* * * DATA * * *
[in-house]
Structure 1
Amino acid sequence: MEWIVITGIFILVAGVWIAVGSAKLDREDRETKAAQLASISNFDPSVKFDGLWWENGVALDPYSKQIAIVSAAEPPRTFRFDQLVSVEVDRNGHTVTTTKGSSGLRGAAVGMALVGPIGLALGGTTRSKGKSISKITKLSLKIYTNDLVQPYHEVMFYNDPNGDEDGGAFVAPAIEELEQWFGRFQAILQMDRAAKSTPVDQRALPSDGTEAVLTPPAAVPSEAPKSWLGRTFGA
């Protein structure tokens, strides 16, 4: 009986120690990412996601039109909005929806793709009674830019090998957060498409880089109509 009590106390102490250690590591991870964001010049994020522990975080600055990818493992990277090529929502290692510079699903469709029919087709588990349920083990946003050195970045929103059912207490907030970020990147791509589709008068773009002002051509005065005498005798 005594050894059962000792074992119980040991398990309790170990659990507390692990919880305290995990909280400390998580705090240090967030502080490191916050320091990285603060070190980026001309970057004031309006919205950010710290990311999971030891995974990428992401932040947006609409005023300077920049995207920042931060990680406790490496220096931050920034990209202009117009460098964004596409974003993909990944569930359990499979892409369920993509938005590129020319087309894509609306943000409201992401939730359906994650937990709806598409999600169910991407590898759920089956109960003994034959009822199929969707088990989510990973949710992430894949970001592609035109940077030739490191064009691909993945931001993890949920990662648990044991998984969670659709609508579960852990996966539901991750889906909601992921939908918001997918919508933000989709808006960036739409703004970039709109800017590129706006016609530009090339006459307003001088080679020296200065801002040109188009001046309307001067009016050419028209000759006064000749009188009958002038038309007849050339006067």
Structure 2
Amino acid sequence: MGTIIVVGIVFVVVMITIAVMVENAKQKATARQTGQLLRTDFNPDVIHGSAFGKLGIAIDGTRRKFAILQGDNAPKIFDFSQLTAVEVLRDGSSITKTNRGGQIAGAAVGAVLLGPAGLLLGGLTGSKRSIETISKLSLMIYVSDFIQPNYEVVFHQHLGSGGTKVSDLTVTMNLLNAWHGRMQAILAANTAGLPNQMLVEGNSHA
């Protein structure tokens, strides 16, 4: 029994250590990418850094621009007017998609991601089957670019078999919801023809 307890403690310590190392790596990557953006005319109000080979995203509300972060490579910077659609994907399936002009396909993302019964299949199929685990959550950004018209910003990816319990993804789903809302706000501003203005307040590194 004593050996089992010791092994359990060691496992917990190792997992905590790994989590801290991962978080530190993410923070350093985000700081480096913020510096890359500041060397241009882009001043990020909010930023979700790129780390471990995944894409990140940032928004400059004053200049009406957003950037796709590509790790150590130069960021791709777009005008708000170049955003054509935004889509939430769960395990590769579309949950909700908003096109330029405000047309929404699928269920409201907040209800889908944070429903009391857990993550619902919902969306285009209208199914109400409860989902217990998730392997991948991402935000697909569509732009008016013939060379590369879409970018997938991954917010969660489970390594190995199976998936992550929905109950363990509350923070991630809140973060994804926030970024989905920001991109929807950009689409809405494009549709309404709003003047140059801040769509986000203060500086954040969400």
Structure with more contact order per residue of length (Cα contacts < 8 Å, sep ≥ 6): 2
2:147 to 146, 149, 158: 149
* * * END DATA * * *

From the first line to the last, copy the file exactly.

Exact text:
[in-house]
Structure 1
Amino acid sequence: MEWIVITGIFILVAGVWIAVGSAKLDREDRETKAAQLASISNFDPSVKFDGLWWENGVALDPYSKQIAIVSAAEPPRTFRFDQLVSVEVDRNGHTVTTTKGSSGLRGAAVGMALVGPIGLALGGTTRSKGKSISKITKLSLKIYTNDLVQPYHEVMFYNDPNGDEDGGAFVAPAIEELEQWFGRFQAILQMDRAAKSTPVDQRALPSDGTEAVLTPPAAVPSEAPKSWLGRTFGA
């Protein structure tokens, strides 16, 4: 009986120690990412996601039109909005929806793709009674830019090998957060498409880089109509 009590106390102490250690590591991870964001010049994020522990975080600055990818493992990277090529929502290692510079699903469709029919087709588990349920083990946003050195970045929103059912207490907030970020990147791509589709008068773009002002051509005065005498005798 005594050894059962000792074992119980040991398990309790170990659990507390692990919880305290995990909280400390998580705090240090967030502080490191916050320091990285603060070190980026001309970057004031309006919205950010710290990311999971030891995974990428992401932040947006609409005023300077920049995207920042931060990680406790490496220096931050920034990209202009117009460098964004596409974003993909990944569930359990499979892409369920993509938005590129020319087309894509609306943000409201992401939730359906994650937990709806598409999600169910991407590898759920089956109960003994034959009822199929969707088990989510990973949710992430894949970001592609035109940077030739490191064009691909993945931001993890949920990662648990044991998984969670659709609508579960852990996966539901991750889906909601992921939908918001997918919508933000989709808006960036739409703004970039709109800017590129706006016609530009090339006459307003001088080679020296200065801002040109188009001046309307001067009016050419028209000759006064000749009188009958002038038309007849050339006067």
Structure 2
Amino acid sequence: MGTIIVVGIVFVVVMITIAVMVENAKQKATARQTGQLLRTDFNPDVIHGSAFGKLGIAIDGTRRKFAILQGDNAPKIFDFSQLTAVEVLRDGSSITKTNRGGQIAGAAVGAVLLGPAGLLLGGLTGSKRSIETISKLSLMIYVSDFIQPNYEVVFHQHLGSGGTKVSDLTVTMNLLNAWHGRMQAILAANTAGLPNQMLVEGNSHA
């Protein structure tokens, strides 16, 4: 029994250590990418850094621009007017998609991601089957670019078999919801023809 307890403690310590190392790596990557953006005319109000080979995203509300972060490579910077659609994907399936002009396909993302019964299949199929685990959550950004018209910003990816319990993804789903809302706000501003203005307040590194 004593050996089992010791092994359990060691496992917990190792997992905590790994989590801290991962978080530190993410923070350093985000700081480096913020510096890359500041060397241009882009001043990020909010930023979700790129780390471990995944894409990140940032928004400059004053200049009406957003950037796709590509790790150590130069960021791709777009005008708000170049955003054509935004889509939430769960395990590769579309949950909700908003096109330029405000047309929404699928269920409201907040209800889908944070429903009391857990993550619902919902969306285009209208199914109400409860989902217990998730392997991948991402935000697909569509732009008016013939060379590369879409970018997938991954917010969660489970390594190995199976998936992550929905109950363990509350923070991630809140973060994804926030970024989905920001991109929807950009689409809405494009549709309404709003003047140059801040769509986000203060500086954040969400």
Structure with more contact order per residue of length (Cα contacts < 8 Å, sep ≥ 6): 2
2:147 to 146, 149, 158: 149